Alejandro Escovedo is a true Texas original. He hails from a musically inclined family and his father came here from Mexico. Settling in Austin in the '80s, he's also spent time in California and New York. Since then he has produced music, both in bands and as a solo act, that generally falls into the “cowpunk” label.
Touring relentlessly, Escovedo has built a devoted fan base that includes some of the music industry’s most respected personalities. Those friends came in handy when he suffered from a previously diagnosed but untreated case of Hepatitis-C and needed help paying his medical bills. Back in full health by 2005, he has since produced six albums, including 2012’s Big Station.
Gruene Hall owner, Pat Molak, had this to say about Escovedo's upcoming performance: "We’re very excited that Springsteen’s soul brother, Alejandro Escovedo, born in SA (in the USA) will be returning to Gruene Hall, bringing his very high quality, unique style of music with him. We love San Antonio – he’s a San Antonio native so we’re all looking forward to this rare show at the old Dance Hall."
We spoke with Alejandro recently about his February 8 performance at Gruene Hall, his take on Texas music past and present, and where his music comes from.
CultureMap: You come from a very musical family, but also are the son of an immigrant. That is a pretty unique story. How has that shaped your perspective and approach to making music?
Alejandro Escovedo: I was influenced by my older brother’s and father’s music and record collections. My mother was born in San Marcos, but my dad was from Mexico so they had different experiences but we found this common ground and love for records. My family had a huge influence on what I write about and how I wrote it.
CM: What does it mean to play Gruene Hall?
AE: It’s very historic, it’s a great treat. The last gig I did there we had quite a beautiful show, so I’m looking forward to playing there and having Amy Cook play with us.
CM: Besides Gruene Hall, what’s your favorite venue to play?
AE: The Continental Club.
CM: What’s it like working with Jon Landau (Bruce Springsteen’s manager)?
AE: He’s been wonderful, very supportive, very interesting in his opinions and outlook, the things he finds important. It has changed my life. The exposure and type of shows I’ve been playing and things I can do have changed.
CM: "Wave" is a pretty interesting song. It has an REM sound to it. Is this song about immigration? Or something larger?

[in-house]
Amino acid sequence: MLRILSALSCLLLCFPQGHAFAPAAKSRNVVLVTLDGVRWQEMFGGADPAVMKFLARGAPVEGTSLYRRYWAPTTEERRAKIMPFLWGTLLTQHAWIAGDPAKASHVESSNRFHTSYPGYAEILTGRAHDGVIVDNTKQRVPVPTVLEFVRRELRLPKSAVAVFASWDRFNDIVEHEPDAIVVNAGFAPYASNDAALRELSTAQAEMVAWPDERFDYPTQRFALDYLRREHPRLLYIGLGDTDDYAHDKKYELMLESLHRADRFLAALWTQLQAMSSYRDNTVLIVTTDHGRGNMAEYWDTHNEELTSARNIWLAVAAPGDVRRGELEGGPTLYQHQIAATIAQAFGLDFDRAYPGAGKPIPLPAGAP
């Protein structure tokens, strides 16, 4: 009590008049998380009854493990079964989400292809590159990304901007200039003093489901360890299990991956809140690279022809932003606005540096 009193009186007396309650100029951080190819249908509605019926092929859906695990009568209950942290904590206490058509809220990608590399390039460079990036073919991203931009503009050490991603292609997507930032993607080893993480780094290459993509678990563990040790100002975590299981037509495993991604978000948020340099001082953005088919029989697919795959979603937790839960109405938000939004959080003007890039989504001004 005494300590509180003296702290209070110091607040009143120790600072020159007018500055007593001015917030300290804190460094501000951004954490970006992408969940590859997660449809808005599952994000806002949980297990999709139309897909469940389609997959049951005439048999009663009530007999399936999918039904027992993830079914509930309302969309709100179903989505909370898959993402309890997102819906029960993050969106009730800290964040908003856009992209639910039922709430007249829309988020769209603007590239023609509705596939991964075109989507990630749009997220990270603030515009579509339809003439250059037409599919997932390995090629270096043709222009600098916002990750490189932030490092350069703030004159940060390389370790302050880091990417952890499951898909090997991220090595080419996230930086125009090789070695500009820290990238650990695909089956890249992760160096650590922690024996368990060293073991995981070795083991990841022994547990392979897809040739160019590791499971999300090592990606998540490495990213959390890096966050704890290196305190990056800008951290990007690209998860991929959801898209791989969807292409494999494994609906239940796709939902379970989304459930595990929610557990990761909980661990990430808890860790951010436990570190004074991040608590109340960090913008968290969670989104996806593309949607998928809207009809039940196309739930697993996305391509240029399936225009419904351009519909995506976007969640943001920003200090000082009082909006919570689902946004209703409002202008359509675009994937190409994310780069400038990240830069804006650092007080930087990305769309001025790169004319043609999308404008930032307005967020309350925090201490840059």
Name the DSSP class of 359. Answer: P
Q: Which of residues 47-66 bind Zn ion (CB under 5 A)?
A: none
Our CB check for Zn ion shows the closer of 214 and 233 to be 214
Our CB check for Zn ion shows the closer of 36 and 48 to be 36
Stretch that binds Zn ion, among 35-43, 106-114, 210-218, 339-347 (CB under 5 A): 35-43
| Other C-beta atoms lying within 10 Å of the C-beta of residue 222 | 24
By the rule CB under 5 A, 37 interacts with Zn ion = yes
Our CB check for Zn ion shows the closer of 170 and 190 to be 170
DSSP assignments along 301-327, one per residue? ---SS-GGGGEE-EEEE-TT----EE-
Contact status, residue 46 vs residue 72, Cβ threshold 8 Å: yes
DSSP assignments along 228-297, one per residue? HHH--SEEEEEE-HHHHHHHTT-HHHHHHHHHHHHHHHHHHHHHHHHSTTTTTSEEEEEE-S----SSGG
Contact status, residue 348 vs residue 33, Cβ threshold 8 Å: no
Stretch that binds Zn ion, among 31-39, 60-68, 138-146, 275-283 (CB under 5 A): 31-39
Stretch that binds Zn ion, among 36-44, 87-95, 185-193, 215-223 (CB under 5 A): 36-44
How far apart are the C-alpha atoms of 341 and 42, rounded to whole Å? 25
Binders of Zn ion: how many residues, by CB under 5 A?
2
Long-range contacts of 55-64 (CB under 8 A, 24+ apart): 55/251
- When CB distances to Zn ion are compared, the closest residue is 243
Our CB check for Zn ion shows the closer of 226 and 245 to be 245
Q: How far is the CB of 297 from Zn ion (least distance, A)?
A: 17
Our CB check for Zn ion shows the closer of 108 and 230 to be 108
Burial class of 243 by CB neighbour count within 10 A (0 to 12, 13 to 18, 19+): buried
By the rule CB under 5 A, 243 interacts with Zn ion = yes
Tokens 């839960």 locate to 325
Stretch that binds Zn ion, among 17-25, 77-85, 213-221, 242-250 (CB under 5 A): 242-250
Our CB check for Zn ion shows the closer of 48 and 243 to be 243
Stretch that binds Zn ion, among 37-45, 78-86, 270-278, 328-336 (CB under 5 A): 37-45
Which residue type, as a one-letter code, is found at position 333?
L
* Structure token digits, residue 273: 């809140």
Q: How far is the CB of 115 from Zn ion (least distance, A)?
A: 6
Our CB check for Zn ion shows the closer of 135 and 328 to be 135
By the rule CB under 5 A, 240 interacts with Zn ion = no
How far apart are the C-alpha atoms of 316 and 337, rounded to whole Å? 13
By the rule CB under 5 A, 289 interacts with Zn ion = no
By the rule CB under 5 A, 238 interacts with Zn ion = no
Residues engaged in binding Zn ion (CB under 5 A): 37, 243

AE: The song was inspired by my father and his stories he told me about leaving Mexico in order to find his parents who had gone to Texas to find work. It was the first one of a song cycle about his life. It was the inspiration for the play, By the Hand of the Father, that I did. It was stemming from his story.
CM: What’s the state of music in Texas right now?
AE: I think it’s really healthy right now. A lot of music is made here and there are a lot of good clubs to play. In Austin, there are so many styles: there’s new jazz guys in town, new rock bands, and there’s a little scene on the East Side.
CM: How has touring changed over the years?
AE: It’s changed quite a bit. It’s not as easy as it once was. As you get older it changes too. If I was just starting a band now, I’d be going through the same motions I was then of sleeping on your friends couches and what not.
CM: Do you like where you’re at now better?
AE: I’m not sure I do. [Laughs] It’s cool being with your mates, one of those “all for one and one for all” type things. But the physicality of it is not what it once was. All those things you have to do to get a decent gig, traveling around in the bus and what not.
CM: What is your favorite Texas band... other than your own, of course?
CM: What bands have you seen recently?
AE: The Ghost Wolves, the Happen-Ins, and the Mastersons.
CM: What’s next for you?
AE: Hit the road in March, SXSW, some shows with Los Lobos and Los Lonely Boys in the summer. Then I’ll start thinking about another record.
CM: You’ve played with Los Lobos for a long time, what fuels that partnership?
AE: They have always been inspiring to me, I love them so much, on a lot of levels. I’m always learning something from them. They’re just wonderful people to hang out with.
Gruene Hall is located near San Marcos, about 45 miles south of Austin. You can purchase tickets through the venue's site.